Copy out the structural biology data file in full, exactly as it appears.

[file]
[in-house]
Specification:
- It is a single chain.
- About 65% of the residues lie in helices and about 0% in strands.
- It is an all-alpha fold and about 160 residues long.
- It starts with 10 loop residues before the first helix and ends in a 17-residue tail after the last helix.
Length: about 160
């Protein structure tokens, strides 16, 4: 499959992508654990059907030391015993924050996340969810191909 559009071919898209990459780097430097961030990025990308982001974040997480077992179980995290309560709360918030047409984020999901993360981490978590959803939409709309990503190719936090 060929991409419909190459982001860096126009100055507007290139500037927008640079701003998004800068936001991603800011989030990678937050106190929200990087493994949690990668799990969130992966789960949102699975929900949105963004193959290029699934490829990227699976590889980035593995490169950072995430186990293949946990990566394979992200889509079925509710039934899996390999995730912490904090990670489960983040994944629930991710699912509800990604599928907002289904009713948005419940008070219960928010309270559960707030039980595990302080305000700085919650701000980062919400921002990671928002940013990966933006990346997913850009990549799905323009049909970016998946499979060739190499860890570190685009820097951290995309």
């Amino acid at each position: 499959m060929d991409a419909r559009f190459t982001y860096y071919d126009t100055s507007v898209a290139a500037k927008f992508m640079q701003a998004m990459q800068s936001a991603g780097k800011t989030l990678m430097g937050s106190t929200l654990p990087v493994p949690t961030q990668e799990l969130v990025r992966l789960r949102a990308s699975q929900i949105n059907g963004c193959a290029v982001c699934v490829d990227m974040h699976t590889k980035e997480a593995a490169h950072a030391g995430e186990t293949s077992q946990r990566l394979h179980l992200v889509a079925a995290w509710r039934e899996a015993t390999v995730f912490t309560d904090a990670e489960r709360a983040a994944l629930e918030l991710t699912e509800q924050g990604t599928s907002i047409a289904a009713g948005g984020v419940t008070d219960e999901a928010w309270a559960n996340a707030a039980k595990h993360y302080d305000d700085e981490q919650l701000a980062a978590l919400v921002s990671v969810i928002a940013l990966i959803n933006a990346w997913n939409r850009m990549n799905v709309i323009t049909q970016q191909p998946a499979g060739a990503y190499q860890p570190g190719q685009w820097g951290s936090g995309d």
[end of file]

[in-house]
Specification:
- It is a single chain.
- About 65% of the residues lie in helices and about 0% in strands.
- It is an all-alpha fold and about 160 residues long.
- It starts with 10 loop residues before the first helix and ends in a 17-residue tail after the last helix.
Length: about 160
């Protein structure tokens, strides 16, 4: 499959992508654990059907030391015993924050996340969810191909 559009071919898209990459780097430097961030990025990308982001974040997480077992179980995290309560709360918030047409984020999901993360981490978590959803939409709309990503190719936090 060929991409419909190459982001860096126009100055507007290139500037927008640079701003998004800068936001991603800011989030990678937050106190929200990087493994949690990668799990969130992966789960949102699975929900949105963004193959290029699934490829990227699976590889980035593995490169950072995430186990293949946990990566394979992200889509079925509710039934899996390999995730912490904090990670489960983040994944629930991710699912509800990604599928907002289904009713948005419940008070219960928010309270559960707030039980595990302080305000700085919650701000980062919400921002990671928002940013990966933006990346997913850009990549799905323009049909970016998946499979060739190499860890570190685009820097951290995309």
């Amino acid at each position: 499959m060929d991409a419909r559009f190459t982001y860096y071919d126009t100055s507007v898209a290139a500037k927008f992508m640079q701003a998004m990459q800068s936001a991603g780097k800011t989030l990678m430097g937050s106190t929200l654990p990087v493994p949690t961030q990668e799990l969130v990025r992966l789960r949102a990308s699975q929900i949105n059907g963004c193959a290029v982001c699934v490829d990227m974040h699976t590889k980035e997480a593995a490169h950072a030391g995430e186990t293949s077992q946990r990566l394979h179980l992200v889509a079925a995290w509710r039934e899996a015993t390999v995730f912490t309560d904090a990670e489960r709360a983040a994944l629930e918030l991710t699912e509800q924050g990604t599928s907002i047409a289904a009713g948005g984020v419940t008070d219960e999901a928010w309270a559960n996340a707030a039980k595990h993360y302080d305000d700085e981490q919650l701000a980062a978590l919400v921002s990671v969810i928002a940013l990966i959803n933006a990346w997913n939409r850009m990549n799905v709309i323009t049909q970016q191909p998946a499979g060739a990503y190499q860890p570190g190719q685009w820097g951290s936090g995309d």